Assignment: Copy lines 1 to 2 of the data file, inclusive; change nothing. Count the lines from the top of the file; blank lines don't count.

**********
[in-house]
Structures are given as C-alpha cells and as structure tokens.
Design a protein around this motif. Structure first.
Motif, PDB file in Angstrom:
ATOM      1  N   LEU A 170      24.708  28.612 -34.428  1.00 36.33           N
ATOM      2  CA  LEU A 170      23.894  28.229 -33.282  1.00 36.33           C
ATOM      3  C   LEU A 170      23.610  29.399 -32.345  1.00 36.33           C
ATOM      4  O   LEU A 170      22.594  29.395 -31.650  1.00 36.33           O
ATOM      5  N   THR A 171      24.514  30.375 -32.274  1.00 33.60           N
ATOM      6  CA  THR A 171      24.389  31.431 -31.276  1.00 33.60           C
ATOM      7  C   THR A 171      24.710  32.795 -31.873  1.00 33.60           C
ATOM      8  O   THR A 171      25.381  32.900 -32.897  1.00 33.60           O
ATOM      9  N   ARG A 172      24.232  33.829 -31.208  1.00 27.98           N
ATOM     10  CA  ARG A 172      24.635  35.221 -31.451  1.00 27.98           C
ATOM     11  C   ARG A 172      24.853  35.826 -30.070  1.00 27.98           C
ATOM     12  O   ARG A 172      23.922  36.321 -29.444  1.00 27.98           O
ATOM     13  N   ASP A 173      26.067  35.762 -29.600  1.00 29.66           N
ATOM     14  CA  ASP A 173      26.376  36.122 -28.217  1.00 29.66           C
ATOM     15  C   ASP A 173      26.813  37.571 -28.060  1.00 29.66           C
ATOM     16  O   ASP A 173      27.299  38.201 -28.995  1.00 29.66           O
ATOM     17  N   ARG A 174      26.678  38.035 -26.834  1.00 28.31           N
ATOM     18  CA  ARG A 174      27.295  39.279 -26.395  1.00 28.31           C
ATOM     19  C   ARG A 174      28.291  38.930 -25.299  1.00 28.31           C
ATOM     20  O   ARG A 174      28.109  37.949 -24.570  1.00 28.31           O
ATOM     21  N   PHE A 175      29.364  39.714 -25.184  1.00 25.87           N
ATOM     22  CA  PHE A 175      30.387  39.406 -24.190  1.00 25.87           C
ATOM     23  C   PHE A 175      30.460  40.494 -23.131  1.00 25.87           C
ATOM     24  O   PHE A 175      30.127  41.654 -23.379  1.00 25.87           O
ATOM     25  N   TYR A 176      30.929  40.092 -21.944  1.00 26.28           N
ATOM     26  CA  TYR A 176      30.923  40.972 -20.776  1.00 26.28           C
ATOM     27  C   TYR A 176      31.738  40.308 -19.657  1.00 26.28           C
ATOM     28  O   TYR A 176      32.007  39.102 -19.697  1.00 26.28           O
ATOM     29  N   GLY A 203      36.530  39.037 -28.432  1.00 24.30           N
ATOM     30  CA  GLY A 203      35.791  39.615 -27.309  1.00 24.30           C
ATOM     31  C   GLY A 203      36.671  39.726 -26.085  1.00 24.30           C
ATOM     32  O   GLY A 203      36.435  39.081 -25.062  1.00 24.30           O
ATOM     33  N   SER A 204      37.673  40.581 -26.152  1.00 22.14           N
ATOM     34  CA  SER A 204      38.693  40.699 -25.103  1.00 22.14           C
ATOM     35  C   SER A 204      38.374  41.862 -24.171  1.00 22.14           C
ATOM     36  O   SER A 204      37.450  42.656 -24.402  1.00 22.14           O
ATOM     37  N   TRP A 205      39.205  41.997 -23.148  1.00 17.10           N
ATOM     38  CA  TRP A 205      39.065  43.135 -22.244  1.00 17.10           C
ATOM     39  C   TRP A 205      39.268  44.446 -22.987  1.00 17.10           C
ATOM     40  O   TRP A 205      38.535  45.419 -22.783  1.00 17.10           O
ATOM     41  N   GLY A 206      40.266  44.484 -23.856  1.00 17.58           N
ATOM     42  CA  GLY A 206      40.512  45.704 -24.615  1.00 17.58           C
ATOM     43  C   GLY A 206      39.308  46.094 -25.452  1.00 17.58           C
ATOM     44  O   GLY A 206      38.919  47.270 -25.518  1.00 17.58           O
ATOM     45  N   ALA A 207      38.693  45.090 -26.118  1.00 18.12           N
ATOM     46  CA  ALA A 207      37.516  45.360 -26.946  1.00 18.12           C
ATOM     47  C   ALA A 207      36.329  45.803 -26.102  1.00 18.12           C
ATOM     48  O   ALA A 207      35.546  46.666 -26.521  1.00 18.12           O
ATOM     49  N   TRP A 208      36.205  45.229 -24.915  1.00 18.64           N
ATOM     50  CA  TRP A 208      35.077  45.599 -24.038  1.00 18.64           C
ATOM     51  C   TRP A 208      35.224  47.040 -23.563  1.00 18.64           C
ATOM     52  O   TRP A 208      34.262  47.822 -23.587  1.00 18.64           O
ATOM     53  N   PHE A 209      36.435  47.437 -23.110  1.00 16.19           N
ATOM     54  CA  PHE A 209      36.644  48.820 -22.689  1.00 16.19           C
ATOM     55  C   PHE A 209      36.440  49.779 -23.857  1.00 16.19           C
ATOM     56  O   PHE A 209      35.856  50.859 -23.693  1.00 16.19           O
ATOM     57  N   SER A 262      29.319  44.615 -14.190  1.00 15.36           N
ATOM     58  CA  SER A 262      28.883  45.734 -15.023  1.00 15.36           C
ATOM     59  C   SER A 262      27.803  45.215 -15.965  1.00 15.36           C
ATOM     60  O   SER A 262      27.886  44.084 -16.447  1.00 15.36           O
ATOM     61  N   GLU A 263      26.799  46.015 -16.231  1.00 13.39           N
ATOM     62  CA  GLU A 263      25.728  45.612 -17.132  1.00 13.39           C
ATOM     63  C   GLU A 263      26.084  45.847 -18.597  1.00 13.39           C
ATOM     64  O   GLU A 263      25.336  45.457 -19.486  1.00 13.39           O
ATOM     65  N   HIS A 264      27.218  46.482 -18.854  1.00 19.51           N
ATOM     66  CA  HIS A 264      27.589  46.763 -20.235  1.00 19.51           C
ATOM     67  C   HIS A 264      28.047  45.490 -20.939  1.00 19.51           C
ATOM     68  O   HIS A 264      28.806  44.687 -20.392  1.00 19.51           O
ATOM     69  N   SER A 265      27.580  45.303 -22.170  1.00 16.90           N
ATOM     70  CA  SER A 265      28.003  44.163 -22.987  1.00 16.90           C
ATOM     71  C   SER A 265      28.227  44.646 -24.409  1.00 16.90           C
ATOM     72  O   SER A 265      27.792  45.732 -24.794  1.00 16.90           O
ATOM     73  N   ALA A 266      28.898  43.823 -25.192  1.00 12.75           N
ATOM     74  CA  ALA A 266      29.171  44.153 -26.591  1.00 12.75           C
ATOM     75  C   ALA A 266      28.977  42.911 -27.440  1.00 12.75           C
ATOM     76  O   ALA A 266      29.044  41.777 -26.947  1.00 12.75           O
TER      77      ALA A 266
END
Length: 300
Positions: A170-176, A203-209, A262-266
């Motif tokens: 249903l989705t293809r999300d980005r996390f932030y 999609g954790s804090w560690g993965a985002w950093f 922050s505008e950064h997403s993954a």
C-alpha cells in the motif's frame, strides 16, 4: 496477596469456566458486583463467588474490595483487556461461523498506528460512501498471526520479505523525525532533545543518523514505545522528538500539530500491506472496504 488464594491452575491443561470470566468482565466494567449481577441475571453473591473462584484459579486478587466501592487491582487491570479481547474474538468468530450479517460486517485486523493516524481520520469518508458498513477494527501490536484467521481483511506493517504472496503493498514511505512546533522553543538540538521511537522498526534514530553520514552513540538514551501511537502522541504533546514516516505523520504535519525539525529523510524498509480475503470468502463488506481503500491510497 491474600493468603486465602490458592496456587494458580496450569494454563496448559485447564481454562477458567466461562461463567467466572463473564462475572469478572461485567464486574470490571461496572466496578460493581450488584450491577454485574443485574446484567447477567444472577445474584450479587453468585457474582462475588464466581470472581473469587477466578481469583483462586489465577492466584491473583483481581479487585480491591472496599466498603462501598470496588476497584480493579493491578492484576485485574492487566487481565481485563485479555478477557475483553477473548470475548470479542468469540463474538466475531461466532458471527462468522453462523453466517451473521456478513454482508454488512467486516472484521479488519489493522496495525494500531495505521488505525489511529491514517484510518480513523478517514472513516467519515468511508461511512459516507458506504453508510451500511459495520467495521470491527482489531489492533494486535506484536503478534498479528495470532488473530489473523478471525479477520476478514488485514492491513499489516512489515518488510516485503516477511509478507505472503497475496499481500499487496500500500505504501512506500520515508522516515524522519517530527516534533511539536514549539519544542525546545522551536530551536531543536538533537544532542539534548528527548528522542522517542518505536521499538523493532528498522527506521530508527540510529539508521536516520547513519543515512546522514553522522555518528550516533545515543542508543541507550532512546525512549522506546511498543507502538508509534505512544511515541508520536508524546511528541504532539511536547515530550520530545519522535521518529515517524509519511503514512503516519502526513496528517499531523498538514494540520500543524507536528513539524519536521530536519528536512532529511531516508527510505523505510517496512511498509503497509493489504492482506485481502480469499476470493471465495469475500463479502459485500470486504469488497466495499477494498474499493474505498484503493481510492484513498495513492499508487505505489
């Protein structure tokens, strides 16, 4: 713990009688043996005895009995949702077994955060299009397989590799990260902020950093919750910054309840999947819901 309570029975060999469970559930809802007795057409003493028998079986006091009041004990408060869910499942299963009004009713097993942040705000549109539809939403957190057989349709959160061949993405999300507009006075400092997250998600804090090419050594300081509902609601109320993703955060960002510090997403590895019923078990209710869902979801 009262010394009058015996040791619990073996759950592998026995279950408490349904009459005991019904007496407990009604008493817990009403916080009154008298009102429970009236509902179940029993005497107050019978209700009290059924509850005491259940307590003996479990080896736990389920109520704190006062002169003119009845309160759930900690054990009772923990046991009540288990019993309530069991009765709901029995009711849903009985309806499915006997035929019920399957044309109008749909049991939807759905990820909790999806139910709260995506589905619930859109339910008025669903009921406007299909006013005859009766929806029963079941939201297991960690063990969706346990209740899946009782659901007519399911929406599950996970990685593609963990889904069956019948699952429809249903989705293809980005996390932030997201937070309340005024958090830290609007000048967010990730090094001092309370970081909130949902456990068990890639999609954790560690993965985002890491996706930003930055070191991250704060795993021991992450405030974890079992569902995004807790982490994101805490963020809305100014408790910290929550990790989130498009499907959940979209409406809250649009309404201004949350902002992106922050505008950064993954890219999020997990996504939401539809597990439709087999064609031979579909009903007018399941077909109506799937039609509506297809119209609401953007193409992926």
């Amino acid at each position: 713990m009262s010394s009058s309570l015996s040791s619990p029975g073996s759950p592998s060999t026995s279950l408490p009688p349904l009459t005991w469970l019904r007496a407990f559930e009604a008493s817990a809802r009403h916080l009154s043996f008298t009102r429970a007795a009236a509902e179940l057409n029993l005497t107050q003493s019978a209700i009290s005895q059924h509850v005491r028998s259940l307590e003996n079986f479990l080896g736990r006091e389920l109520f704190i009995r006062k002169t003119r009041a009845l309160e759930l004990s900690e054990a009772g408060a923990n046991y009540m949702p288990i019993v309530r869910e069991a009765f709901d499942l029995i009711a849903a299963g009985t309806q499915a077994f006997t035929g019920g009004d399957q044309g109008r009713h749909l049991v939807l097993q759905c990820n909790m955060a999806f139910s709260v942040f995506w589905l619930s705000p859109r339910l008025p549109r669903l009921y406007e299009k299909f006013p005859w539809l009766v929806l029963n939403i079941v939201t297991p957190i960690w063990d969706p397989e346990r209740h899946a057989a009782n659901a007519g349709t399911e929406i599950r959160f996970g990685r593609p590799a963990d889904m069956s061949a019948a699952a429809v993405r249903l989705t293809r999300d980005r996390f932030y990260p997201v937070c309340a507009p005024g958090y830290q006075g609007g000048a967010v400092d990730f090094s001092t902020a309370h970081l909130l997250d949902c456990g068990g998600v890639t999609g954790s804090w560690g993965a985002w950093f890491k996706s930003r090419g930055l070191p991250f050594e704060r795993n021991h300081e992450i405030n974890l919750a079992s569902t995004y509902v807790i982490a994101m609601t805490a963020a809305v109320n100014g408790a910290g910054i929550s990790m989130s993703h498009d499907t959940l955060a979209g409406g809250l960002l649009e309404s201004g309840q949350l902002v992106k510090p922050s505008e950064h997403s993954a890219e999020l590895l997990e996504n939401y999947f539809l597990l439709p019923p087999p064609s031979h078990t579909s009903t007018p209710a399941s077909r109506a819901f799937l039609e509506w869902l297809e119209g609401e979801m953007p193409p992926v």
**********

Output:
[in-house]
Structures are given as C-alpha cells and as structure tokens.